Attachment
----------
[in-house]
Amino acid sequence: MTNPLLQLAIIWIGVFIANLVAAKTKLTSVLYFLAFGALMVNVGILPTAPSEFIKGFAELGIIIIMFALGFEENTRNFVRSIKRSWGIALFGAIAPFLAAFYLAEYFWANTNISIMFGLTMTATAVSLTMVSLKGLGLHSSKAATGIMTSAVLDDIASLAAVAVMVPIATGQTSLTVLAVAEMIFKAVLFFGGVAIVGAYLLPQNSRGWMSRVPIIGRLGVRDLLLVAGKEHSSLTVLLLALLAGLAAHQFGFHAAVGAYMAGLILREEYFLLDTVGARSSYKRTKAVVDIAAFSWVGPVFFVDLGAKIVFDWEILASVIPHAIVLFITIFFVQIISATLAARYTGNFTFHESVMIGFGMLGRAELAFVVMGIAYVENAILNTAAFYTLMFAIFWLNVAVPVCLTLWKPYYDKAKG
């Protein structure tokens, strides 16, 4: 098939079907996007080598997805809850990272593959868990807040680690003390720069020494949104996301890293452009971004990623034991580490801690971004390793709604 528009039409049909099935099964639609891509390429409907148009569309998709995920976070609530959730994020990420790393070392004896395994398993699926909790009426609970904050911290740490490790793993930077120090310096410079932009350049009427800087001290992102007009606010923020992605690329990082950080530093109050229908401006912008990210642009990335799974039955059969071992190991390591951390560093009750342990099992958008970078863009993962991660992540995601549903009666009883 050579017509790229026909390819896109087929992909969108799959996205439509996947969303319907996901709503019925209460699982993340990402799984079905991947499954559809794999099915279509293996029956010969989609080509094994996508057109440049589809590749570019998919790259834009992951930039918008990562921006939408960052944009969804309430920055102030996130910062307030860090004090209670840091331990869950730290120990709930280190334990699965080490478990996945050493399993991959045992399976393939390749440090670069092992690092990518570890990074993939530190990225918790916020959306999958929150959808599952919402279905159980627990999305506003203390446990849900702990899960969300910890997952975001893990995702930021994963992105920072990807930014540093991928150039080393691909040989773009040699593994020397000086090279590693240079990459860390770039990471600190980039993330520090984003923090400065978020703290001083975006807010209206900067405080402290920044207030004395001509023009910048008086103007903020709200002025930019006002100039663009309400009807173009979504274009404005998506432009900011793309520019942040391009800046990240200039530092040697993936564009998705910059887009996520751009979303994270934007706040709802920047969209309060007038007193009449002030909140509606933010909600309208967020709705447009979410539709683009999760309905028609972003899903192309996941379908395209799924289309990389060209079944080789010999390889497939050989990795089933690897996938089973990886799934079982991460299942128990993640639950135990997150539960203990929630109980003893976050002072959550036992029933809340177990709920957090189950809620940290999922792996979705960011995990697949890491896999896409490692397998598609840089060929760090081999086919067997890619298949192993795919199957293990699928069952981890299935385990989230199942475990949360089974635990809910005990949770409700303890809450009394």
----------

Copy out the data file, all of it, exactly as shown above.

[in-house]
Amino acid sequence: MTNPLLQLAIIWIGVFIANLVAAKTKLTSVLYFLAFGALMVNVGILPTAPSEFIKGFAELGIIIIMFALGFEENTRNFVRSIKRSWGIALFGAIAPFLAAFYLAEYFWANTNISIMFGLTMTATAVSLTMVSLKGLGLHSSKAATGIMTSAVLDDIASLAAVAVMVPIATGQTSLTVLAVAEMIFKAVLFFGGVAIVGAYLLPQNSRGWMSRVPIIGRLGVRDLLLVAGKEHSSLTVLLLALLAGLAAHQFGFHAAVGAYMAGLILREEYFLLDTVGARSSYKRTKAVVDIAAFSWVGPVFFVDLGAKIVFDWEILASVIPHAIVLFITIFFVQIISATLAARYTGNFTFHESVMIGFGMLGRAELAFVVMGIAYVENAILNTAAFYTLMFAIFWLNVAVPVCLTLWKPYYDKAKG
């Protein structure tokens, strides 16, 4: 098939079907996007080598997805809850990272593959868990807040680690003390720069020494949104996301890293452009971004990623034991580490801690971004390793709604 528009039409049909099935099964639609891509390429409907148009569309998709995920976070609530959730994020990420790393070392004896395994398993699926909790009426609970904050911290740490490790793993930077120090310096410079932009350049009427800087001290992102007009606010923020992605690329990082950080530093109050229908401006912008990210642009990335799974039955059969071992190991390591951390560093009750342990099992958008970078863009993962991660992540995601549903009666009883 050579017509790229026909390819896109087929992909969108799959996205439509996947969303319907996901709503019925209460699982993340990402799984079905991947499954559809794999099915279509293996029956010969989609080509094994996508057109440049589809590749570019998919790259834009992951930039918008990562921006939408960052944009969804309430920055102030996130910062307030860090004090209670840091331990869950730290120990709930280190334990699965080490478990996945050493399993991959045992399976393939390749440090670069092992690092990518570890990074993939530190990225918790916020959306999958929150959808599952919402279905159980627990999305506003203390446990849900702990899960969300910890997952975001893990995702930021994963992105920072990807930014540093991928150039080393691909040989773009040699593994020397000086090279590693240079990459860390770039990471600190980039993330520090984003923090400065978020703290001083975006807010209206900067405080402290920044207030004395001509023009910048008086103007903020709200002025930019006002100039663009309400009807173009979504274009404005998506432009900011793309520019942040391009800046990240200039530092040697993936564009998705910059887009996520751009979303994270934007706040709802920047969209309060007038007193009449002030909140509606933010909600309208967020709705447009979410539709683009999760309905028609972003899903192309996941379908395209799924289309990389060209079944080789010999390889497939050989990795089933690897996938089973990886799934079982991460299942128990993640639950135990997150539960203990929630109980003893976050002072959550036992029933809340177990709920957090189950809620940290999922792996979705960011995990697949890491896999896409490692397998598609840089060929760090081999086919067997890619298949192993795919199957293990699928069952981890299935385990989230199942475990949360089974635990809910005990949770409700303890809450009394």